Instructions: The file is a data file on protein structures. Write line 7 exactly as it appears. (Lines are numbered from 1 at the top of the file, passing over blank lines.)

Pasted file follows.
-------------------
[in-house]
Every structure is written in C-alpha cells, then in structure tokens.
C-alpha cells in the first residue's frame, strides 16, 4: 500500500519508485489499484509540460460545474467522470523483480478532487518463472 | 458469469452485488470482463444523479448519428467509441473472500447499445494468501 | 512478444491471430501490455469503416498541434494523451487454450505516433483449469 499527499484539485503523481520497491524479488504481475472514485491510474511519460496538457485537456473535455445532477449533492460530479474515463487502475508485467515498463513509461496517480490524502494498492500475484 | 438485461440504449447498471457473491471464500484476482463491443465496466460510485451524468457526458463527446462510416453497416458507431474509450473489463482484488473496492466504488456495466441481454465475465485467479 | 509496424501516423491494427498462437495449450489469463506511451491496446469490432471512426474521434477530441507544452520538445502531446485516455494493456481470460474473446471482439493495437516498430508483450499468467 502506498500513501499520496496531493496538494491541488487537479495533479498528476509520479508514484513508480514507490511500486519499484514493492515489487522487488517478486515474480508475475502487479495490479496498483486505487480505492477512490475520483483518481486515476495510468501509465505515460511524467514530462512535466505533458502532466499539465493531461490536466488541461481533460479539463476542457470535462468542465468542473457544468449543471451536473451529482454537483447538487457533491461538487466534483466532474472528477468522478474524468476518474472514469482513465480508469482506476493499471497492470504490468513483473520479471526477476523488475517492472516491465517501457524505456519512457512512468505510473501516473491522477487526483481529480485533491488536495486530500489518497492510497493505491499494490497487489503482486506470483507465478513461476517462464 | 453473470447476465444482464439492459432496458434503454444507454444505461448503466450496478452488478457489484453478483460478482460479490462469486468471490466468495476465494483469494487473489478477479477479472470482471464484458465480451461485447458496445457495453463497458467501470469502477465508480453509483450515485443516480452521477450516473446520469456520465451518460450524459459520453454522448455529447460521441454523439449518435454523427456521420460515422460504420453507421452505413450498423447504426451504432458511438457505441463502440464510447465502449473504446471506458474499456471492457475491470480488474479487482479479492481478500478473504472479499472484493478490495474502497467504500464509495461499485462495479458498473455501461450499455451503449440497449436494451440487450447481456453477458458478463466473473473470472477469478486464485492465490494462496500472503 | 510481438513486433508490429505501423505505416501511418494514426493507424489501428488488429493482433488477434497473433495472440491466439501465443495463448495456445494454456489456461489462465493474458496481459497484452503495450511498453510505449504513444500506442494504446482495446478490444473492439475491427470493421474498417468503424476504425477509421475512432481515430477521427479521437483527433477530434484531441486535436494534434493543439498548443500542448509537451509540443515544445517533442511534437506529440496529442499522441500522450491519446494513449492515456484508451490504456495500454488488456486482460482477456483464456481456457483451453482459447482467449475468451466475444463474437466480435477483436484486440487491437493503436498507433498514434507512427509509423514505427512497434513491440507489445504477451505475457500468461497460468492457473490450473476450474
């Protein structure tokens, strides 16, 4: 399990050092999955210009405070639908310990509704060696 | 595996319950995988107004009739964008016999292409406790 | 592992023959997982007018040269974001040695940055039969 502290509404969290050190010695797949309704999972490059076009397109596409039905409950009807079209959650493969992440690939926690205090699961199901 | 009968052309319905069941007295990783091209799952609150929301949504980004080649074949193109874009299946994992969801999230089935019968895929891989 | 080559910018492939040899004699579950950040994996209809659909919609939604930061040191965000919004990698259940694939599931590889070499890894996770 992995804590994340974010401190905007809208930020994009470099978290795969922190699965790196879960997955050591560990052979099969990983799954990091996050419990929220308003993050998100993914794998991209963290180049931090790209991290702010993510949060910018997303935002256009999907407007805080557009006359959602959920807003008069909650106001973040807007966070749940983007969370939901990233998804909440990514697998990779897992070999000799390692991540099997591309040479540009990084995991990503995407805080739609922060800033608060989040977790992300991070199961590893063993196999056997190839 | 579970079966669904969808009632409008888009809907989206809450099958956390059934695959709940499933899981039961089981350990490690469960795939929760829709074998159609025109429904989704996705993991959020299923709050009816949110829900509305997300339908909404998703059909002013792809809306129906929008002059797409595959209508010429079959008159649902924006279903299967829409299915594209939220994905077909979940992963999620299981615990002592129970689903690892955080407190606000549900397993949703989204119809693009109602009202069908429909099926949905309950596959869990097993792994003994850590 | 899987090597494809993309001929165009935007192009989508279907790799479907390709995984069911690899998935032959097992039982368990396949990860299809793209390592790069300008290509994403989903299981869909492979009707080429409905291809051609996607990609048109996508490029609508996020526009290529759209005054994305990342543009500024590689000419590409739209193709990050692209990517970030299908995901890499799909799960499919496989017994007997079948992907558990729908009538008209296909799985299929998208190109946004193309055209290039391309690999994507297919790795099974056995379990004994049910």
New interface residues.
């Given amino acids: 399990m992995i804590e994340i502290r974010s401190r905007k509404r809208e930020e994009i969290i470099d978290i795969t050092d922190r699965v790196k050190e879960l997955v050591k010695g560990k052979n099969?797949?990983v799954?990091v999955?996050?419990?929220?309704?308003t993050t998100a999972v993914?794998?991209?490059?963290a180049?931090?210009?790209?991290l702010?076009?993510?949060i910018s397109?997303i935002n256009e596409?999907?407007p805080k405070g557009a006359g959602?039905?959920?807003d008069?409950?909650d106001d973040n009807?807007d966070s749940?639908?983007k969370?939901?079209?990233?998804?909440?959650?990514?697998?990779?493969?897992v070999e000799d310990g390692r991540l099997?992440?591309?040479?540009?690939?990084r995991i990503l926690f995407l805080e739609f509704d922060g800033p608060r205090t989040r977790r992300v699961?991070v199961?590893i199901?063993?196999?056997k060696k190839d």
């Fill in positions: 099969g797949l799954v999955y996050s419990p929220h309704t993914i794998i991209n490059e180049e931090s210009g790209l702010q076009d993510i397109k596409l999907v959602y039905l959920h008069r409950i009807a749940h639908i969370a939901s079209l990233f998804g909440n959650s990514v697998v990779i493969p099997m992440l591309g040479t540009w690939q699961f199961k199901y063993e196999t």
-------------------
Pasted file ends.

């Fill in positions: 099969g797949l799954v999955y996050s419990p929220h309704t993914i794998i991209n490059e180049e931090s210009g790209l702010q076009d993510i397109k596409l999907v959602y039905l959920h008069r409950i009807a749940h639908i969370a939901s079209l990233f998804g909440n959650s990514v697998v990779i493969p099997m992440l591309g040479t540009w690939q699961f199961k199901y063993e196999t």